When it comes to great basketball rivalries, the NCAA and the NBA have nothing on OMES.
That's Olentangy Meadows Elementary School, which hosted a matchup last week between maybe the two biggest rivals of all time: students and teachers.
A team of fifth-graders played a team of teachers Friday, March 28, for bragging rights and to raise money for the American Cancer Society.
Michelle Ruhe, a second-grade teacher who helped organize the game at the school, said beyond the fun, the game had a serious message for the students.
"We just want them to be aware that all of this is going to the American Cancer Society," she said. "Everything we're doing is going to benefit that charity that we've kind of taken on as a building for the last few years."
Students paid $5 each to participate in the game, while other students could pay $1 per vote to select the starting lineup for the team of teachers. The event raised more than $400 for the cause.
The game is the latest fundraising event the school has conducted to raise money to fight cancer.
In January, students wrote the names of family members or friends affected by cancer on cards and paid to have them attached to a display near the cafeteria. In February, the students bought candygrams that could be sent to others in the building.
So far this year, the students have raised more than $1,200 for the American Cancer Society. The school will continue to host monthly fundraising events through the end of the school year.
"As soon as this one ends, we start planning for the next one," event volunteer Ann Karbler said.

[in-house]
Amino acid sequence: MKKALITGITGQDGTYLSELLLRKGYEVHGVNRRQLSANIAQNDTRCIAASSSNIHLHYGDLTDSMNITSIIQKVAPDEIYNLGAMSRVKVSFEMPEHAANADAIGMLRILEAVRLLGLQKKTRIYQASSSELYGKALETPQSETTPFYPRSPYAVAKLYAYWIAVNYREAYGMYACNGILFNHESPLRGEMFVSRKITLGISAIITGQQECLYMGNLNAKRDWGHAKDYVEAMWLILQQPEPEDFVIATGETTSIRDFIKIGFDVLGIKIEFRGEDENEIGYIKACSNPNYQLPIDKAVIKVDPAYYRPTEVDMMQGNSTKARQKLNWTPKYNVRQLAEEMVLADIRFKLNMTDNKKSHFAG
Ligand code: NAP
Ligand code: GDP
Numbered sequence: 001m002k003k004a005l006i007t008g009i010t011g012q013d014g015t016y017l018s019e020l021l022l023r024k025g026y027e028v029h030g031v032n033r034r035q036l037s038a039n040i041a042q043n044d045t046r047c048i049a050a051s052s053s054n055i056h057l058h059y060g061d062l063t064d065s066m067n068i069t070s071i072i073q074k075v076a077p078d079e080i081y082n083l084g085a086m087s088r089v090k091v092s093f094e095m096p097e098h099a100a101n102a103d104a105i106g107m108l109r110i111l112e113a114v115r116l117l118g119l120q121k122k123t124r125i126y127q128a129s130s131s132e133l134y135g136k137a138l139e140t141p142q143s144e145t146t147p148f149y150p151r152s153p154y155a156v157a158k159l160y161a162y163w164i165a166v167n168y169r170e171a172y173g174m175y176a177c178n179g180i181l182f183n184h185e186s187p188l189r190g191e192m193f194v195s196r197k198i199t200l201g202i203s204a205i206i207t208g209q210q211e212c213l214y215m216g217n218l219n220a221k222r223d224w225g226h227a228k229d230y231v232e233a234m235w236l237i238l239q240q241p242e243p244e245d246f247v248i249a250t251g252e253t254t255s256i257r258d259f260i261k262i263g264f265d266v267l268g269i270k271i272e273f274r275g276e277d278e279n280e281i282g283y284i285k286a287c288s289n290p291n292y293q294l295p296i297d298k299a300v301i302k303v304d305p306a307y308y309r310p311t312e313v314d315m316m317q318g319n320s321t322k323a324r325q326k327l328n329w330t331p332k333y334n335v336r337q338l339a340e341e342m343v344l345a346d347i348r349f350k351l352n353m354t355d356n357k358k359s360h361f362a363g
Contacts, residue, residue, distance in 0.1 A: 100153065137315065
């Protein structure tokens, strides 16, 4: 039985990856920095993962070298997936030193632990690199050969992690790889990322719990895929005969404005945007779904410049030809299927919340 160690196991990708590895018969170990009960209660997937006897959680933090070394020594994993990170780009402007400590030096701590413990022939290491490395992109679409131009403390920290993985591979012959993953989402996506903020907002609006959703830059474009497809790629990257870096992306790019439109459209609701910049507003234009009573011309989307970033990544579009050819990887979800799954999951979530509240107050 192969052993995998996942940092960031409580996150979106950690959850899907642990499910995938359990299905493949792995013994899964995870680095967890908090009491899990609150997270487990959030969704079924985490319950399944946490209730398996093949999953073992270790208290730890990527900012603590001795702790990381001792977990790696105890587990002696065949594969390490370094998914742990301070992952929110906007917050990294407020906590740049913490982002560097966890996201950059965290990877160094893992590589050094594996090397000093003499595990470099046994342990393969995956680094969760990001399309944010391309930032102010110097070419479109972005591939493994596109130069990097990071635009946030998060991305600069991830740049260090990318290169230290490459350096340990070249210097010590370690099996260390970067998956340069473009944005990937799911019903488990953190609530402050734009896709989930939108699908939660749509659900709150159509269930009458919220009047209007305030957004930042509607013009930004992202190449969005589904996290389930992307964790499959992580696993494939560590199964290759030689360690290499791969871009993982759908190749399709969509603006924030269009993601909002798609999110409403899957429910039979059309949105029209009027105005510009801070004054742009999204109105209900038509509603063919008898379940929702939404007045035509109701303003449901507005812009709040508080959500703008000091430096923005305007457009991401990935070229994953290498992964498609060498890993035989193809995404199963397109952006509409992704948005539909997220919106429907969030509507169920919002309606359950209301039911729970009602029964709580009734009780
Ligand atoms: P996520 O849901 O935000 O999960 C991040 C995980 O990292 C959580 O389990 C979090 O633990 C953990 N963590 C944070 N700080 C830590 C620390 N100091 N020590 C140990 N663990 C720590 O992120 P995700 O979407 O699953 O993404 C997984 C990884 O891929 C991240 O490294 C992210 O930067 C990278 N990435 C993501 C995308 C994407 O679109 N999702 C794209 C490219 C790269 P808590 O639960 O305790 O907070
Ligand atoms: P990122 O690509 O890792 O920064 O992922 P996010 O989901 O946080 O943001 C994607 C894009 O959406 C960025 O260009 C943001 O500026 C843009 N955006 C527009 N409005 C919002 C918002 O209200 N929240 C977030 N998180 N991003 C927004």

Before the game began, students poured into the gym and started cheering for the fifth-graders. Some held homemade signs reading "Go Kids!" and "Students: in it to win it."
Teachers wore shirts reading "Team McLean" in honor of fifth-grade teacher and cancer survivor Christina McLean.
After player introductions and a few teachers formed a cheerleading pyramid, the game began with the teachers jumping out to an early lead. The teachers found success with the fast break on offense and blocked more shots on defense.
Ruhe said that prior to the game, the teachers debated how tough to play against the students.
"Some were like: 'We're going to be careful and be nice,' " she said. "But others were like: 'No way!' "
After a few teachers were traded to the student team, the students came away with a 26-18 victory and their fans stormed the gym floor.
Ruhe said the event generated so much excitement that the school might have to host it again next year.
Volunteers hope that excitement continues to build ahead of the Relay For Life of Olentangy, which also benefits the American Cancer Society.
This year marks the 10th anniversary of the event, which will be held from 6 p.m. May 9 to noon May 10 at Olentangy Liberty High School.
At the event, teams of family members, friends and co-workers raise funds by walking the track.
For more information on the Relay For Life of Olentangy, visit relayforlife.org/olentangy.